“Mental illness affects approximately 3.2 million Australians in a 12 month period, with 3 percent of the overall population experiencing a severe mental illness that in most cases has a profound effect on the ability of the person to live an independent, productive and satisfactory life, and impacts heavily on their family, friendship network and the community”1

Mental illness is a growing problem in our community2 but one where community can play a great part in promoting mental health, preventing illness and assisting the person to recover and contribute to community life3 New approaches to mental health and suicide prevention may be needed that include public health, sociological and community approaches which can combine with the more traditional medical approach4.

Recovery

Today, most of a person’s recovery occurs at home rather than in a hospital, so family, friends, church, community and the person’s workplace have important roles to play in facilitating the person’s recovery journey. Carers say they want more support and respite from the significant personal, financial and social burden they carry because they live with and care for a person with severe and persisting mental illness5. Recovery occurs within a web of relationships between the person, their family and community “and is contextualised by culture, privilege or oppression, history, and the social determinants of health. Recovery also occurs within the context of gender, age and developmental stages”6. The significance of meaningful relationships, solid community connections, and the ability to actively participate in community life all facilitate a person’s recovery. It highlights the need for practitioners and services to address all of the social determinants of health and wellbeing in the person’s ongoing care plan.

Faith community nursing can facilitate these connections and personal strengths that promote the person’s recovery....To keep reading this article click here

Articles exploring the FCN role and mental health support

Supporting the family of a person living with mental illness

The family of the person living with mental health challenges can neither cause nor fix their family member’s illness. The family are often tired, frustrated and this is best ameliorated by your understanding and encouragement. The article covers 10 ways to support the family of a person living with mental illness.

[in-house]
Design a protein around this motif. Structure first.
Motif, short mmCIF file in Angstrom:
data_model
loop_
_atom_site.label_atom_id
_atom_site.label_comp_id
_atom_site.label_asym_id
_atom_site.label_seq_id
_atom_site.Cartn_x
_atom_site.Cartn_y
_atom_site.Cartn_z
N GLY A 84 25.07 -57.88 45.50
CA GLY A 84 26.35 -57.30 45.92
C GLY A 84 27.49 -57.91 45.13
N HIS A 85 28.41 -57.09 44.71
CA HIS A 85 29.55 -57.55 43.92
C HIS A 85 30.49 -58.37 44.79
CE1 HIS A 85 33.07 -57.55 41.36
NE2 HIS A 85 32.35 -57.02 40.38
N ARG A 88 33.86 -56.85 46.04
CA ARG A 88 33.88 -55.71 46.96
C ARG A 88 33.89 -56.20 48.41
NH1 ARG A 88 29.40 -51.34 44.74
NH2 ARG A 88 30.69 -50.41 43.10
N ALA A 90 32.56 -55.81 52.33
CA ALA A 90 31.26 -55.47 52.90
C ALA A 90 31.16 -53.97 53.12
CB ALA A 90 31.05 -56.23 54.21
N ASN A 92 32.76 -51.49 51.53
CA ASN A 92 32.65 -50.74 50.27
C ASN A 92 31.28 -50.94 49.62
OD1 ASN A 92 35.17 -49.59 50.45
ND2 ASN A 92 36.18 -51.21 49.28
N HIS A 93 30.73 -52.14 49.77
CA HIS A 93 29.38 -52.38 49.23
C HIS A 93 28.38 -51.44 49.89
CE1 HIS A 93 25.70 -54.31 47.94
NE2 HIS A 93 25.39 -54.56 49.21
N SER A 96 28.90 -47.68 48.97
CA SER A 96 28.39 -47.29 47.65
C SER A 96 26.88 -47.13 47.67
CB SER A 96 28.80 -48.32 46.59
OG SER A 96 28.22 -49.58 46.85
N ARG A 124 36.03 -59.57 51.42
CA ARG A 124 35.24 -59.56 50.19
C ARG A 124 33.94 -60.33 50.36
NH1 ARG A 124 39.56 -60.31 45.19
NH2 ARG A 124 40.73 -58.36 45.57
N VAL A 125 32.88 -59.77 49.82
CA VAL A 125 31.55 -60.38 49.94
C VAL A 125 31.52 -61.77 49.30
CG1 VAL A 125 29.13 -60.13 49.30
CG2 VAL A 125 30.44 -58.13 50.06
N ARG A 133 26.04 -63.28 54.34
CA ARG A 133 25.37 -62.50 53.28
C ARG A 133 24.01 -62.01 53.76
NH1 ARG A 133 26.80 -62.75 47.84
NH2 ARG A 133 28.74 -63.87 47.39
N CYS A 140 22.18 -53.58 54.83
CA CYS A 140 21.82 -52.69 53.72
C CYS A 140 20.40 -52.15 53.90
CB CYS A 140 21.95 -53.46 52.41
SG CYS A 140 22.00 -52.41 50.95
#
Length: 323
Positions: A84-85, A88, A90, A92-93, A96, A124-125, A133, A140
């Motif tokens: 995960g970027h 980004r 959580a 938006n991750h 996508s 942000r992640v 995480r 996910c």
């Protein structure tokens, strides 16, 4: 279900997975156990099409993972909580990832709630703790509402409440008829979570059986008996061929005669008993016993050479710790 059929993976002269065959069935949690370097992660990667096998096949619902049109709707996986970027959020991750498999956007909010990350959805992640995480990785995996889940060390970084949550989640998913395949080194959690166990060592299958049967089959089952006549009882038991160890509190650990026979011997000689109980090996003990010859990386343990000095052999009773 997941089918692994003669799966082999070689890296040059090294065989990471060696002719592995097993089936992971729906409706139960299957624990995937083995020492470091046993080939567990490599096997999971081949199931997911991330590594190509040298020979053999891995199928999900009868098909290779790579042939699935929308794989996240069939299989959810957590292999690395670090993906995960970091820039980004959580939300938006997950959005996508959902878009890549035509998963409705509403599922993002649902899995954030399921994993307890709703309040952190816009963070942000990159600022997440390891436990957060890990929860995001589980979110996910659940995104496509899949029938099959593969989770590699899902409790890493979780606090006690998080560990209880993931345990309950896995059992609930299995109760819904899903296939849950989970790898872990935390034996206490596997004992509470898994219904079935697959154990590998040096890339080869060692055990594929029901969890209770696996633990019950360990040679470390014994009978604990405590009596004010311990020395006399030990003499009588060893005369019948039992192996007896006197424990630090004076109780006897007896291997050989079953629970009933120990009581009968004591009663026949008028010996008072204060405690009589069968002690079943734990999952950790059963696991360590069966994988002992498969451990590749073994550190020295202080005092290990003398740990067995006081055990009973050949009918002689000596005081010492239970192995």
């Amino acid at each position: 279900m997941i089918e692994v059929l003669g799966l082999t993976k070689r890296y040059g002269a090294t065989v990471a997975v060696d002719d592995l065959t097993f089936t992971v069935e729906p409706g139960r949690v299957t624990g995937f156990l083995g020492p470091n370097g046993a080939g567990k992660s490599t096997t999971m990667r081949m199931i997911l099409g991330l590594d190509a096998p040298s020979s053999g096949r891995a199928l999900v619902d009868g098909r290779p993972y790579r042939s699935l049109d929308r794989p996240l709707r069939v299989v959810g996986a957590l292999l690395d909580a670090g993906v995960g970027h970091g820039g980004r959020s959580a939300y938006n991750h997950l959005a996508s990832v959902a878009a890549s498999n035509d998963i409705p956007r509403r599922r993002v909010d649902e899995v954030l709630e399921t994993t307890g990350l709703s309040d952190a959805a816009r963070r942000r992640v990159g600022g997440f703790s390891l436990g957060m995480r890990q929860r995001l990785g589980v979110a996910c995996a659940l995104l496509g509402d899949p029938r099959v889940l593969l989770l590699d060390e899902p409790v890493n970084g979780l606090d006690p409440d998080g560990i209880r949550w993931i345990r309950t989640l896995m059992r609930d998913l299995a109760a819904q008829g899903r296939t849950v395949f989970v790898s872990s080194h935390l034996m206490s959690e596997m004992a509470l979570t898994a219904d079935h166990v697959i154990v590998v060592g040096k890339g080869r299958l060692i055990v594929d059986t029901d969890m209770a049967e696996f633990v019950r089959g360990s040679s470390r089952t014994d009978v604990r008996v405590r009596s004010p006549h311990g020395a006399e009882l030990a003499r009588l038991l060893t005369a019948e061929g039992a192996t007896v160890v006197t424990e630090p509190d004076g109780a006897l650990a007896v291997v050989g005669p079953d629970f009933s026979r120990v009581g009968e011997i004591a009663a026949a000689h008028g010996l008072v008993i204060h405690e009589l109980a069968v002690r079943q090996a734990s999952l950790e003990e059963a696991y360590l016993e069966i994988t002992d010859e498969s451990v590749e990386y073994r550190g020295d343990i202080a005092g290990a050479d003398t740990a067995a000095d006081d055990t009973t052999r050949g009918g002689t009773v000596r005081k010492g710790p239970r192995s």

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Becoming a purveyor of hope (article in Wholehealth newsletter p.3-4)

‘What our community really needs are more prevails of hope! People who are willing to help a person with mental illness see a future they can achieve, and encourage them in the process of attaining that future.’. So begins the article that explores what hope is, how hope is ignited and the role of health and care ministry workers, and FCNs in promoting hope.

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Share doing life together (article in Wholehealth newsletter p.5)

‘Share - doing life together’ is a regional model of community care to support people recovering from severe mental illness who are discharged from the Community Mental Health Service but who are socially isolated in the community, and therefore at risk of relapse. The article describes the Faith Community Nursing model with the developing Davey framework and shares the voices of participants in the group.

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Working with the person recovering from addiction within the church

Based on years of experience of working with people grappling with addiction, the author of the article explores the slide into addiction before looking at healing addiction and how the church can help.

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How to journey with those in grief

Grief is the process to adjust to loss, and while normal, grief in Western society is not always experienced well. The article covers the importance of the words ‘Jesus wept’ (John 11:35), looks at understanding grief as a process and some key responses we can make to those who are grieving.

To read more click here 

 

FCN's have an opportunity to positively impact our nation's mental health

Mental illness is a growing problem in our community but one where community can play a great part in promoting mental health, preventing illness and assisting the person to recover and contribute to community life. The article covers the burden of disease, explores recovery and how churches have a message of hope given through the t unconditional loving support, care and encouragement of others within our faith community, anchored in the completed work of Jesus Christ.

To read more click here

References

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Photo credit Kristina Litvjak on Unsplash